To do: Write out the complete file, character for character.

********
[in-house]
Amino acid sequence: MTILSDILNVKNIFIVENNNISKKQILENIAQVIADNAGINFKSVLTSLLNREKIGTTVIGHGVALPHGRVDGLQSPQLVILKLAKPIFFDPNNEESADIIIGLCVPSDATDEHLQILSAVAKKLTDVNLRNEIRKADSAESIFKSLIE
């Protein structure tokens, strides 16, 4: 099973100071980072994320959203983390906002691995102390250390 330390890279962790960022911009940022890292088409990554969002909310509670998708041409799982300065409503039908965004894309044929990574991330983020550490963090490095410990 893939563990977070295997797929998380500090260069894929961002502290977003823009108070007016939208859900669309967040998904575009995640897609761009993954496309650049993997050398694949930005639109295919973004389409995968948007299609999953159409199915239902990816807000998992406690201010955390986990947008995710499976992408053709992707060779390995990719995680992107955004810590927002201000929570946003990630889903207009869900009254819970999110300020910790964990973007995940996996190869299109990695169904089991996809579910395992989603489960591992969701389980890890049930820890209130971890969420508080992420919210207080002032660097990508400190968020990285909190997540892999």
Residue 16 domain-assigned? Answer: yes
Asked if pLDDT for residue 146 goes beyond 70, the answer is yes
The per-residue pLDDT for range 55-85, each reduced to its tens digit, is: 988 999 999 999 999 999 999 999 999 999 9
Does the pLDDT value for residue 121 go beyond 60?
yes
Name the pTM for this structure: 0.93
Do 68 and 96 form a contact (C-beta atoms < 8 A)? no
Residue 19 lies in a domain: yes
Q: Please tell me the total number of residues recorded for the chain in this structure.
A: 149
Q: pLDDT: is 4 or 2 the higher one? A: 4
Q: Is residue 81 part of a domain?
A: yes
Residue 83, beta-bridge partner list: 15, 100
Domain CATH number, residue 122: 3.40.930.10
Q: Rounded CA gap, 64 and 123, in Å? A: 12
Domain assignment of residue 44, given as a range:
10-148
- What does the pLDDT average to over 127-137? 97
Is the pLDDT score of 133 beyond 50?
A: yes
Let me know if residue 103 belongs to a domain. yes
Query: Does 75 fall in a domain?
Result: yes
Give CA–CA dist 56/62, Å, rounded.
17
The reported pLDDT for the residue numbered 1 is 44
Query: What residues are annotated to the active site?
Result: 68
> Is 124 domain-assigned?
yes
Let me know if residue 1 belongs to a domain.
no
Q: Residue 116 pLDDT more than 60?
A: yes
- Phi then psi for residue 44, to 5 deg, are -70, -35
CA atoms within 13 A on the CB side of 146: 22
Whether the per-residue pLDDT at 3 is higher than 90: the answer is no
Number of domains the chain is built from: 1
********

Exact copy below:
[in-house]
Amino acid sequence: MTILSDILNVKNIFIVENNNISKKQILENIAQVIADNAGINFKSVLTSLLNREKIGTTVIGHGVALPHGRVDGLQSPQLVILKLAKPIFFDPNNEESADIIIGLCVPSDATDEHLQILSAVAKKLTDVNLRNEIRKADSAESIFKSLIE
């Protein structure tokens, strides 16, 4: 099973100071980072994320959203983390906002691995102390250390 330390890279962790960022911009940022890292088409990554969002909310509670998708041409799982300065409503039908965004894309044929990574991330983020550490963090490095410990 893939563990977070295997797929998380500090260069894929961002502290977003823009108070007016939208859900669309967040998904575009995640897609761009993954496309650049993997050398694949930005639109295919973004389409995968948007299609999953159409199915239902990816807000998992406690201010955390986990947008995710499976992408053709992707060779390995990719995680992107955004810590927002201000929570946003990630889903207009869900009254819970999110300020910790964990973007995940996996190869299109990695169904089991996809579910395992989603489960591992969701389980890890049930820890209130971890969420508080992420919210207080002032660097990508400190968020990285909190997540892999």
Residue 16 domain-assigned? Answer: yes
Asked if pLDDT for residue 146 goes beyond 70, the answer is yes
The per-residue pLDDT for range 55-85, each reduced to its tens digit, is: 988 999 999 999 999 999 999 999 999 999 9
Does the pLDDT value for residue 121 go beyond 60?
yes
Name the pTM for this structure: 0.93
Do 68 and 96 form a contact (C-beta atoms < 8 A)? no
Residue 19 lies in a domain: yes
Q: Please tell me the total number of residues recorded for the chain in this structure.
A: 149
Q: pLDDT: is 4 or 2 the higher one? A: 4
Q: Is residue 81 part of a domain?
A: yes
Residue 83, beta-bridge partner list: 15, 100
Domain CATH number, residue 122: 3.40.930.10
Q: Rounded CA gap, 64 and 123, in Å? A: 12
Domain assignment of residue 44, given as a range:
10-148
- What does the pLDDT average to over 127-137? 97
Is the pLDDT score of 133 beyond 50?
A: yes
Let me know if residue 103 belongs to a domain. yes
Query: Does 75 fall in a domain?
Result: yes
Give CA–CA dist 56/62, Å, rounded.
17
The reported pLDDT for the residue numbered 1 is 44
Query: What residues are annotated to the active site?
Result: 68
> Is 124 domain-assigned?
yes
Let me know if residue 1 belongs to a domain.
no
Q: Residue 116 pLDDT more than 60?
A: yes
- Phi then psi for residue 44, to 5 deg, are -70, -35
CA atoms within 13 A on the CB side of 146: 22
Whether the per-residue pLDDT at 3 is higher than 90: the answer is no
Number of domains the chain is built from: 1